– fellow Columbia alum David Froom talks with New Music Box here. David quotes Roger Sessions as saying music should be “inevitable without being predictable” – that puts the task before us clearly and succinctly, doesn’t it?

– David Patrick Stearns writes about how CDs get funded, and has this to say:

Thus, the quality of recent discs is consistently high. The Mendelssohn Club has never sounded better than on its new Metamorphosis disc with works by Philadelphia composers [Andrea] Clearfield, Jennifer Higdon, and James Primosch.

More about the disc here.

– SongFusion’s “States of Mind” concert is coming up next Tuesday, May 8, in NYC and will include my song “Every Day is a God” from the cycle Holy the Firm.

– recent reading: the prose in Sabine Feisst’s Schoenberg’s New World is less than scintillating, but she still creates an interesting mosaic picture of Schoenberg’s life and work during his years in the United States. Feisst’s premise is that during his time in the US, Schoenberg was neither neglected, nor a sell out. Her research was incredibly thorough (there are 81 pages of end notes for a text of 248 pages), and she can be maddeningly methodical as she moves through lists of, say, performers of Schoenberg’s music. But there are insights here you won’t find elsewhere, as well as some great anecdotes. Schoenberg student Dika Newlin on Schoenberg’s outfit for a class in 1939:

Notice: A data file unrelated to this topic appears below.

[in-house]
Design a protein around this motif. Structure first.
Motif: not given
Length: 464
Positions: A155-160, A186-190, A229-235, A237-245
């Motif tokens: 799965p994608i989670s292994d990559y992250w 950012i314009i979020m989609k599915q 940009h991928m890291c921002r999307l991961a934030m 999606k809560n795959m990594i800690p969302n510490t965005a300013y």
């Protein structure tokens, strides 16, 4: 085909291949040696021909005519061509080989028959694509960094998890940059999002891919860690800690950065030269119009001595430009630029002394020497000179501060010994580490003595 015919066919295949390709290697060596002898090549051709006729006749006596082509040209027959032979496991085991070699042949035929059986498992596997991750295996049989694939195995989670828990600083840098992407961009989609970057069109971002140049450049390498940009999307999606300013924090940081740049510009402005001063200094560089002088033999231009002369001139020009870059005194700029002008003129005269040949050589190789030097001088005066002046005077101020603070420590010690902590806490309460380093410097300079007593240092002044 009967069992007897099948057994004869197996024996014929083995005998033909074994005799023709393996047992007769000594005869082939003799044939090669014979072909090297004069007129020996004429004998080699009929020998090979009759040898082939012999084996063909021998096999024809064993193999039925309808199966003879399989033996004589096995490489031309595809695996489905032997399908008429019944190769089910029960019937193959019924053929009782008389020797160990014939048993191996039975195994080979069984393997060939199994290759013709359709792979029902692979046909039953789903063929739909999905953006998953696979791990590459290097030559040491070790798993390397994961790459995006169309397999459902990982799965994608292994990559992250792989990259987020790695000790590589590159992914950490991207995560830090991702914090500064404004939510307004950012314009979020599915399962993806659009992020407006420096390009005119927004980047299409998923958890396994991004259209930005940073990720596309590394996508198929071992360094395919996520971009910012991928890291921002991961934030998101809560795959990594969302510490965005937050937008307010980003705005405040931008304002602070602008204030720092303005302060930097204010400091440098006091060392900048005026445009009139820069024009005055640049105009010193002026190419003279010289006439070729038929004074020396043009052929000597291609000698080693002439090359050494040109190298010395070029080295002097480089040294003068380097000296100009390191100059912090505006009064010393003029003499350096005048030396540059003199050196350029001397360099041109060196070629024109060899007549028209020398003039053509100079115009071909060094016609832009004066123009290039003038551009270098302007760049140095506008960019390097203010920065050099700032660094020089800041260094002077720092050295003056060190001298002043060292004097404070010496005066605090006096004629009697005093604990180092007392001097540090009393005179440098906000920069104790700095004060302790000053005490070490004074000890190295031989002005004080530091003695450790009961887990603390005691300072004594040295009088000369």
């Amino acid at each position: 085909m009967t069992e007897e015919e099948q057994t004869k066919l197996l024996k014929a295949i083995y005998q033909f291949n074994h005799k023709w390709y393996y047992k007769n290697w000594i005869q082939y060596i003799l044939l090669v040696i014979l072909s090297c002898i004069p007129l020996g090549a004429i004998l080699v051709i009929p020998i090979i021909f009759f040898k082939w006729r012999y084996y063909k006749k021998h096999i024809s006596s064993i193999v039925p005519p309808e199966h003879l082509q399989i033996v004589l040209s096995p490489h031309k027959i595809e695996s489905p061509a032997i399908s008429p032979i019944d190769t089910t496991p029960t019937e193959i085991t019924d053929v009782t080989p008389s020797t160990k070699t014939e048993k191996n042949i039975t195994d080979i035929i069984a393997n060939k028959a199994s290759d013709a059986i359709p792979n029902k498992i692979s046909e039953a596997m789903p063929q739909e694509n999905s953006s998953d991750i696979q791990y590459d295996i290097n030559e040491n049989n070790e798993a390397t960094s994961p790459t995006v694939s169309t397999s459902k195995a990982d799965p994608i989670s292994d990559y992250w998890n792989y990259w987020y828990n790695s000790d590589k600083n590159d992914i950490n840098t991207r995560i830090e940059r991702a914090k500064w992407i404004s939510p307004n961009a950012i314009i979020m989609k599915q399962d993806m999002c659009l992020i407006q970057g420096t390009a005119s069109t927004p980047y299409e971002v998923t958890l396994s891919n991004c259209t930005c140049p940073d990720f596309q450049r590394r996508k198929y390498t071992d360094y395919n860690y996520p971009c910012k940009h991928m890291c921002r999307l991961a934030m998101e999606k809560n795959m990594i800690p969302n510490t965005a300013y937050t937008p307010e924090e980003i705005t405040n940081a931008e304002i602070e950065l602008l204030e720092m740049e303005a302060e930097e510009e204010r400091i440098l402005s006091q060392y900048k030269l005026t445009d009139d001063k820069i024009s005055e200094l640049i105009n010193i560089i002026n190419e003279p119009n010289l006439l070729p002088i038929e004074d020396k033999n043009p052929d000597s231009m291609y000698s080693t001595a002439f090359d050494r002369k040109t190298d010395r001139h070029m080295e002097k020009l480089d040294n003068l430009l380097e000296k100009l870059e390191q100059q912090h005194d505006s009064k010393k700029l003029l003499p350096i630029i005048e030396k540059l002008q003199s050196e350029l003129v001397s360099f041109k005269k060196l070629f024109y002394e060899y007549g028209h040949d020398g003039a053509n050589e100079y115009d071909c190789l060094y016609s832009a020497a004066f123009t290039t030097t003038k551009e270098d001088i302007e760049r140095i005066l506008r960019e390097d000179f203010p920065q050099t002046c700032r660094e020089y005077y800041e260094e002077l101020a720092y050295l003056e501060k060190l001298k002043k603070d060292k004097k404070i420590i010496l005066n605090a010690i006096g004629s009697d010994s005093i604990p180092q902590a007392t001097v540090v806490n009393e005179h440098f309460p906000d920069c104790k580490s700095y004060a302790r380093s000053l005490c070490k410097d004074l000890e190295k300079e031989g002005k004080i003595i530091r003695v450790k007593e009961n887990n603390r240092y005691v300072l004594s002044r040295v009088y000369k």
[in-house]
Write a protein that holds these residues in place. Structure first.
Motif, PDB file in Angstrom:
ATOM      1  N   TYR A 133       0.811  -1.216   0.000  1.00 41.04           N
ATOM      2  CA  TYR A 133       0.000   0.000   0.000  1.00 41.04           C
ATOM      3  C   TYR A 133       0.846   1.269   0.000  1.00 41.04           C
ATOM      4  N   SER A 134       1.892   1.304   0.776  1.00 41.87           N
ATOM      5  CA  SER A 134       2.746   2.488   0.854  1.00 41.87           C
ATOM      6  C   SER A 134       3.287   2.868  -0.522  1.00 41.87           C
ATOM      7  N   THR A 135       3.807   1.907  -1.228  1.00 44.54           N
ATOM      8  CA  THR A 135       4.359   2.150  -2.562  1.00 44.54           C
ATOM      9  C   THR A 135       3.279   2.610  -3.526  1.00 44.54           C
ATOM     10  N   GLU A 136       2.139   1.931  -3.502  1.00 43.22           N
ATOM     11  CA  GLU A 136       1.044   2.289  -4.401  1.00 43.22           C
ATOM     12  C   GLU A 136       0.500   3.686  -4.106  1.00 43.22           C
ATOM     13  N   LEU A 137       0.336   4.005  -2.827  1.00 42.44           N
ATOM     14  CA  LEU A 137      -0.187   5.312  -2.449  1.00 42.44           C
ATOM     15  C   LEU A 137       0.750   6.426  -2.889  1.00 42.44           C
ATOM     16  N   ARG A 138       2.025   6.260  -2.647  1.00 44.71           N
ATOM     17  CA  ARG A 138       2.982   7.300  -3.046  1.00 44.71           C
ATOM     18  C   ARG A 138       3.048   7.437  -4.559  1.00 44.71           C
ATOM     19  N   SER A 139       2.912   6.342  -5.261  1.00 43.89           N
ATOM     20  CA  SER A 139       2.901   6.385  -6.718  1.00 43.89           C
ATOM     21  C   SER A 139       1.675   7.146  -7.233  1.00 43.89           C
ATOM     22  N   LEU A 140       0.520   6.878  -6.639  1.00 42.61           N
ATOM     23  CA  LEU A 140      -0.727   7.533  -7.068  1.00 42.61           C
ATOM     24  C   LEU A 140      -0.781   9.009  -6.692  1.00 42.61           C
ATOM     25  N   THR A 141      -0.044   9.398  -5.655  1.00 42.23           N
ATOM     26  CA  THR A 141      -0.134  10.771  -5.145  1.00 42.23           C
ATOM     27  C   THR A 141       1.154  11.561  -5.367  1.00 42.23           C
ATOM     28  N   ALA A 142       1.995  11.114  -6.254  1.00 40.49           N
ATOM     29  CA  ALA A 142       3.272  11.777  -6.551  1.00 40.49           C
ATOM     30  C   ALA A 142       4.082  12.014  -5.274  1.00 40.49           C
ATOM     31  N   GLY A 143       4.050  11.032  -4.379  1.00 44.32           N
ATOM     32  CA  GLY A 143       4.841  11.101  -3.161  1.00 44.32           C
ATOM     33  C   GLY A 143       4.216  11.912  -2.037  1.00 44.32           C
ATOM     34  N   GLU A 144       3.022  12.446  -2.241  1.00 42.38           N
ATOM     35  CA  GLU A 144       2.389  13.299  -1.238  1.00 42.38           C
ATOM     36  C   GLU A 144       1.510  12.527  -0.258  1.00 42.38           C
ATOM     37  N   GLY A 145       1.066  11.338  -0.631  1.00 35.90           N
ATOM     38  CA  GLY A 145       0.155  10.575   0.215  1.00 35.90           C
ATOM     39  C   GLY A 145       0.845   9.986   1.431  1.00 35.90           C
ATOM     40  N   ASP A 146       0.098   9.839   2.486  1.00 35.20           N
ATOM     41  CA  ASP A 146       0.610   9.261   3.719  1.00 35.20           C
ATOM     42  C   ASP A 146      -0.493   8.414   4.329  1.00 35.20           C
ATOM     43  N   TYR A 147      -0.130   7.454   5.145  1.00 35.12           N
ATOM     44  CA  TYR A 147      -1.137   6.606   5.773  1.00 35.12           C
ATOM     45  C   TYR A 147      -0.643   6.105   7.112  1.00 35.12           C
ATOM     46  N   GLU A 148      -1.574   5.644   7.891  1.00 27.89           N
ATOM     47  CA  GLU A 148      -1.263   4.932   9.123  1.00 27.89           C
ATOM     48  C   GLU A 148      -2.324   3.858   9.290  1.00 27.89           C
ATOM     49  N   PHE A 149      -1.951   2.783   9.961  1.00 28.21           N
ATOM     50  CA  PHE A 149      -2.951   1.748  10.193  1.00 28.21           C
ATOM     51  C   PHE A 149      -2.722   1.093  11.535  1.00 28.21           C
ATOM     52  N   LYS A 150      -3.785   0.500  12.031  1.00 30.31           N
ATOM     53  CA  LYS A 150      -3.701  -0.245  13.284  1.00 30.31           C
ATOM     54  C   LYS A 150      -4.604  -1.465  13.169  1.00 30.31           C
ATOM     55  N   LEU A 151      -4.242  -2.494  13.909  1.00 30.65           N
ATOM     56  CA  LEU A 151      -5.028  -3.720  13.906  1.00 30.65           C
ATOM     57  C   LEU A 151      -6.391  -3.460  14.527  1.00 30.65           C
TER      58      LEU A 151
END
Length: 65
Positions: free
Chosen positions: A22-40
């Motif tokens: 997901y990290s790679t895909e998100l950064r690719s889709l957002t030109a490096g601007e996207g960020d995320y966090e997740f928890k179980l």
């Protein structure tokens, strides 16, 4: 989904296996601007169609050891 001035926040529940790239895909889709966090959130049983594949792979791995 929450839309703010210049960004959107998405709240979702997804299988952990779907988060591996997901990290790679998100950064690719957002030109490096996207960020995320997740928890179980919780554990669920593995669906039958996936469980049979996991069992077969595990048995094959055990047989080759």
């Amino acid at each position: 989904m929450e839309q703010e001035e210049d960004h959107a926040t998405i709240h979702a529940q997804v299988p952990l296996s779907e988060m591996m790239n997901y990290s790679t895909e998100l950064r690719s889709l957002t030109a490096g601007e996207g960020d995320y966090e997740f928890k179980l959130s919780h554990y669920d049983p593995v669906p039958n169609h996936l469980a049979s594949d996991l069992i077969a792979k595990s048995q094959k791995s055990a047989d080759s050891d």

It consisted of a peach-colored shirt, a green tie with white polka-dots, a knit belt of the most vivid purple with a large and ostentatious gold buckle, and an unbelievably loud gray suit with lots of black and brown stripes.

A companion website for the book is here (you’ll need the password found in the book).

A SongFusion State of Mind

I’ve written before about SongFusion, a hot new group in NYC devoted to art song, whose members include my friend Mary Mackenzie. Mary is including an excerpt from Holy the Firm, the cycle I wrote for Dawn Upshaw, on their next program, “States of Mind”. There’s a fine mix of composers involved – I’m honored to be included – check out the repertoire here. The concert is Tuesday, May 8, 8:00 pm at the DiMenna Center in Manhattan.